Americans use an estimated 500 million plastic straws every day. And while these small pieces of polypropylene can be recycled, they are rarely accepted by recycling centers. “Plastic straws are pretty small and lightweight, so when they’re going through the mechanical sorter, they’re often lost or diverted,” said plastics pollution researcher Sam Athey. Instead, straws usually end up in landfills which can then lead to oceans and beaches. Although no one knows just how many straws currently pollute our waterways, the Ocean Conservancy says that its volunteers have picked up more than 9 million of them over the years.
So given their potentially disastrous impact, environmental advocates have recently called to ban plastic straws from restaurants and cafes. Several cities in Florida and California have already prohibited them, with New York lawmakers also considering outlawing straws from the city’s eateries. And this past month Seattle became the first major city to ban both single-use plastic straws and utensils in restaurants. Not to be outdone by lawmakers in the home of their headquarters, though, Starbucks announced this week that it would phase out the use of plastic straws by 2020.
With more than 28,000 stores worldwide, the coffee chain estimates that its decision will eliminate more than one billions straws annually. While some drinks such as the Frappuccino will continue to come with straws, they will now be made out of either paper or compostable plastic. Starbucks will also introduce a new lid for its cold-cups so that customers won’t be tempted to place a straw into their iced mocha. “By nature, the straw isn’t recyclable and the lid is, so we feel this decision is more sustainable and more socially responsible,” said Chris Milne, Starbucks’ director of packaging sourcing. What’s more, a number of other companies could soon follow the coffee chain’s lead, with brands such as McDonald’s and Alaska Airlines taking measures to reduce their straw usage.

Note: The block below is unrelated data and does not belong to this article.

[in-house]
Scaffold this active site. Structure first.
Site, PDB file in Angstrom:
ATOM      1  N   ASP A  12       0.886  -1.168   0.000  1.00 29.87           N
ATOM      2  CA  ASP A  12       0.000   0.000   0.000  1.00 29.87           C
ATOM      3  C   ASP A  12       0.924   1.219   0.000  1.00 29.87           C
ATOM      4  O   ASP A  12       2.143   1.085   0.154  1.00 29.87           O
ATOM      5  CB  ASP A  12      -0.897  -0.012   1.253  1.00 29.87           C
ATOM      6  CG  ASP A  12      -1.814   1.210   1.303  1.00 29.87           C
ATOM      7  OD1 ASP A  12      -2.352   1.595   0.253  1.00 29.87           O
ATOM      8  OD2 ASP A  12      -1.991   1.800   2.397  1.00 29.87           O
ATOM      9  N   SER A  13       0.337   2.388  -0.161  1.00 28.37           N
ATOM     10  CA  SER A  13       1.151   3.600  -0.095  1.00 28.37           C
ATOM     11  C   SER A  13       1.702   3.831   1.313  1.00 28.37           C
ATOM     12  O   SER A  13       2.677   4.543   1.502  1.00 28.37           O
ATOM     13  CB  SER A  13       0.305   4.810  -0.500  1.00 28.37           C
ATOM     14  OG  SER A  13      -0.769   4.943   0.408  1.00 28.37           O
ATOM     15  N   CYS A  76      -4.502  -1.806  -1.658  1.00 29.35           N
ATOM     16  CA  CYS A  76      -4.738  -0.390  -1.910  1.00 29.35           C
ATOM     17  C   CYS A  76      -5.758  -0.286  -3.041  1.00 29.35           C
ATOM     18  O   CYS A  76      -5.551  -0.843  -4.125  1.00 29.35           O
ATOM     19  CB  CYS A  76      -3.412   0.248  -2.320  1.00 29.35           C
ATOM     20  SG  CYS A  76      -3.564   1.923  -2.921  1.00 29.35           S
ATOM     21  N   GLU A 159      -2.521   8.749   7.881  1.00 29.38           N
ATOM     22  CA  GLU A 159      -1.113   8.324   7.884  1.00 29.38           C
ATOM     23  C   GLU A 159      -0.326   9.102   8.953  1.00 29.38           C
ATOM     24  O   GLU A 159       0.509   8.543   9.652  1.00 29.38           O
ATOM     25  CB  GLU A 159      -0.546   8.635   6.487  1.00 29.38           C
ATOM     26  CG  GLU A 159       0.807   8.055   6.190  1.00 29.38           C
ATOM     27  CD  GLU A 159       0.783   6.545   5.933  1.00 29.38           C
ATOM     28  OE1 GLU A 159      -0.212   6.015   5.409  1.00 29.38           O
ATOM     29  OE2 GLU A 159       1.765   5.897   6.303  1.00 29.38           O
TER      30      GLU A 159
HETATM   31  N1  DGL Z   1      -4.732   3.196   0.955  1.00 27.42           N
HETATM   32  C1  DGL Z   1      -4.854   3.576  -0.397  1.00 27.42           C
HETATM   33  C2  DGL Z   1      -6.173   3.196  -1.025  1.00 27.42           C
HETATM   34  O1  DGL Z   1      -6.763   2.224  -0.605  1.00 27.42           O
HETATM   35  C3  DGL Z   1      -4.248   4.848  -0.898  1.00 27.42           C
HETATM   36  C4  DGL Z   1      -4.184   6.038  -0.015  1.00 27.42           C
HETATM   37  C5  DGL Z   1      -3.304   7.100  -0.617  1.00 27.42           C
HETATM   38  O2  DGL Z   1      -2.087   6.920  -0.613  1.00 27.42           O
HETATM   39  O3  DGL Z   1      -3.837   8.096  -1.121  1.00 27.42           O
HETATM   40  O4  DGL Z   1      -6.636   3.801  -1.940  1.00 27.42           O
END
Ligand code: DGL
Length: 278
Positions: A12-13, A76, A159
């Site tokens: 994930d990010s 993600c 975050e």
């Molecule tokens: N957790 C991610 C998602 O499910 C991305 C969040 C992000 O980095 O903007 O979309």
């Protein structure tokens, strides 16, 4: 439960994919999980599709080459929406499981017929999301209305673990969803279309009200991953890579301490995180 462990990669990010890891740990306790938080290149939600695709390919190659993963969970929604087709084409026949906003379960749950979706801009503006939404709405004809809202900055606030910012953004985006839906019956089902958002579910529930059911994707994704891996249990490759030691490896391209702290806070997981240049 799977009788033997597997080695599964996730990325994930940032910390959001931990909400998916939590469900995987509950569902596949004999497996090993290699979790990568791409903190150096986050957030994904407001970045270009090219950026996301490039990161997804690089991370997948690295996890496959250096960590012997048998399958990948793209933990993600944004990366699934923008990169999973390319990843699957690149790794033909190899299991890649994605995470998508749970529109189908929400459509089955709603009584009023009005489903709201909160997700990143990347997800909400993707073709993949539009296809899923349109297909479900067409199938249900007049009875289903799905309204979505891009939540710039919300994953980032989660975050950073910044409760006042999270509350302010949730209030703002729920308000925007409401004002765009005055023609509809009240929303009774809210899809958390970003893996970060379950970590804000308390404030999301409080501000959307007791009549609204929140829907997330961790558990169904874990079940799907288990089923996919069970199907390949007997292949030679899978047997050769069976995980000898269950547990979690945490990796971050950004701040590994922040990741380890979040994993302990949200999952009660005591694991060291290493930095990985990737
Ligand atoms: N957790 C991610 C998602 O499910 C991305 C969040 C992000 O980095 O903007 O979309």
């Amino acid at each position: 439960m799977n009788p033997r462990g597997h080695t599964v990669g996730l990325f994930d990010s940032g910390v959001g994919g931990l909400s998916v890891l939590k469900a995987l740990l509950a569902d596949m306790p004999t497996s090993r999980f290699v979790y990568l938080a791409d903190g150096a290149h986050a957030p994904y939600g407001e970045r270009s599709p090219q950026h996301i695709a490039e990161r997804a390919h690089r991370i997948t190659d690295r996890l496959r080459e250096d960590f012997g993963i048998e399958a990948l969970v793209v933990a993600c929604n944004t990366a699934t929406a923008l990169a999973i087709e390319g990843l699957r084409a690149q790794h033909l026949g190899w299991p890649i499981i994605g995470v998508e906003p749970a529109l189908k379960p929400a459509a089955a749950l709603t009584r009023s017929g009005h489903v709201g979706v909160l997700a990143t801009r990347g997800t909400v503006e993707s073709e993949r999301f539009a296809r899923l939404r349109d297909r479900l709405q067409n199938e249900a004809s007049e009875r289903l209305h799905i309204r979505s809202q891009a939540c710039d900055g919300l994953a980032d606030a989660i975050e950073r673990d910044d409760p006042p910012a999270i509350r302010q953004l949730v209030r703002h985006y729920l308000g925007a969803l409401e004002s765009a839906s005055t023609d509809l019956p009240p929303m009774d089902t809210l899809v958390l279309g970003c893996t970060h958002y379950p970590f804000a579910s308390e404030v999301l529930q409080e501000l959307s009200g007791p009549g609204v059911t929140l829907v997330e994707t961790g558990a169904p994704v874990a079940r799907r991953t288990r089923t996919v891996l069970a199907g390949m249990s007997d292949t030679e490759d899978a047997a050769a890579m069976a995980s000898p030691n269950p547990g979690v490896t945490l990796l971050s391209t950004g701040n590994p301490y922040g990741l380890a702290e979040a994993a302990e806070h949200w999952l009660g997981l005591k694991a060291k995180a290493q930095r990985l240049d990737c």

- Why are both companies and local governments looking to reduce their usage of plastic straws?
- Do you think other companies should follow the lead of Starbucks and get rid of plastic straws entirely? Why or why not?